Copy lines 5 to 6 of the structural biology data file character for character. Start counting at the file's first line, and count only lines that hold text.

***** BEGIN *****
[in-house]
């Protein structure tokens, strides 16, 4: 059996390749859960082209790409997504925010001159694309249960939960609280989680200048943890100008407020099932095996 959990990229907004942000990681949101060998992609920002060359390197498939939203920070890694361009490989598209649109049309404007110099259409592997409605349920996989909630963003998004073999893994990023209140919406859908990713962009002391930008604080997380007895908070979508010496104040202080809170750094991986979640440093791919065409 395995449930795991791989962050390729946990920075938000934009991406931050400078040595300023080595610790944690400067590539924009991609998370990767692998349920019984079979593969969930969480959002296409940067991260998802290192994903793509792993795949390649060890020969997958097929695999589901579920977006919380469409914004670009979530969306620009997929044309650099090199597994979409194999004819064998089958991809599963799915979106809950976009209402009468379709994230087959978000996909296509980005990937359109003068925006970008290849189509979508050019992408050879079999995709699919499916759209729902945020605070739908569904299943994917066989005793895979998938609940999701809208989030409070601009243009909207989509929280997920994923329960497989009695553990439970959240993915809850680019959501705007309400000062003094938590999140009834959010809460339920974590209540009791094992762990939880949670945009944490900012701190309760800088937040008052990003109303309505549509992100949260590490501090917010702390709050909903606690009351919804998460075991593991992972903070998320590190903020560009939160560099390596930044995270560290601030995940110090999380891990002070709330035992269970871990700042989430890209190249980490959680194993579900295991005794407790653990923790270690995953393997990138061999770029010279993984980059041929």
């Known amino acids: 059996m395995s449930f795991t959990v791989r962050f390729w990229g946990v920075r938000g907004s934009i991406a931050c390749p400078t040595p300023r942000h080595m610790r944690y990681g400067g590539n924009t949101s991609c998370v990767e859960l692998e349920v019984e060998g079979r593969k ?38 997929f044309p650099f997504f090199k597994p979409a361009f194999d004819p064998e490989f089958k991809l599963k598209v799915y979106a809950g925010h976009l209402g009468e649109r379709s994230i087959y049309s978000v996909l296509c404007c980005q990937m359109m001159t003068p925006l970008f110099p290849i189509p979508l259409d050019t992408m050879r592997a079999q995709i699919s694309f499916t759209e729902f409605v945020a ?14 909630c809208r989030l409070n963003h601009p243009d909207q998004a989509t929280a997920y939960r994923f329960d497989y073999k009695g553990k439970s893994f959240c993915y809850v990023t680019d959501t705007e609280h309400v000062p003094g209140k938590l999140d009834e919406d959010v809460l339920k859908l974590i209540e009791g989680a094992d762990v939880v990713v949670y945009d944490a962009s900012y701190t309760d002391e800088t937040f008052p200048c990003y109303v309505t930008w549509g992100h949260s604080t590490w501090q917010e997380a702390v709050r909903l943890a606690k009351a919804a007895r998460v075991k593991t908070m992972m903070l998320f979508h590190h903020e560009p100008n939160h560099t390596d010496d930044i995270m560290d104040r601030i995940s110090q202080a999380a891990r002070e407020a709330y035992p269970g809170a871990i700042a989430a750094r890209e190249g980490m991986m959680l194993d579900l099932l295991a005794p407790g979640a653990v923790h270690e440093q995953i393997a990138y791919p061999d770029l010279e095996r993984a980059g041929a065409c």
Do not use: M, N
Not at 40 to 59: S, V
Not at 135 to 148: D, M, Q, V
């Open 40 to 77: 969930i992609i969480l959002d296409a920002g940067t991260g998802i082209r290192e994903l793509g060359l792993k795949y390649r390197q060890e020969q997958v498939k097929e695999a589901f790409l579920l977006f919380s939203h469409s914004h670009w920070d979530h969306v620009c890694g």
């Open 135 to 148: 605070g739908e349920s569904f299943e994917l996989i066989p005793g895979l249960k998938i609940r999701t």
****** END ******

Not at 40 to 59: S, V
Not at 135 to 148: D, M, Q, V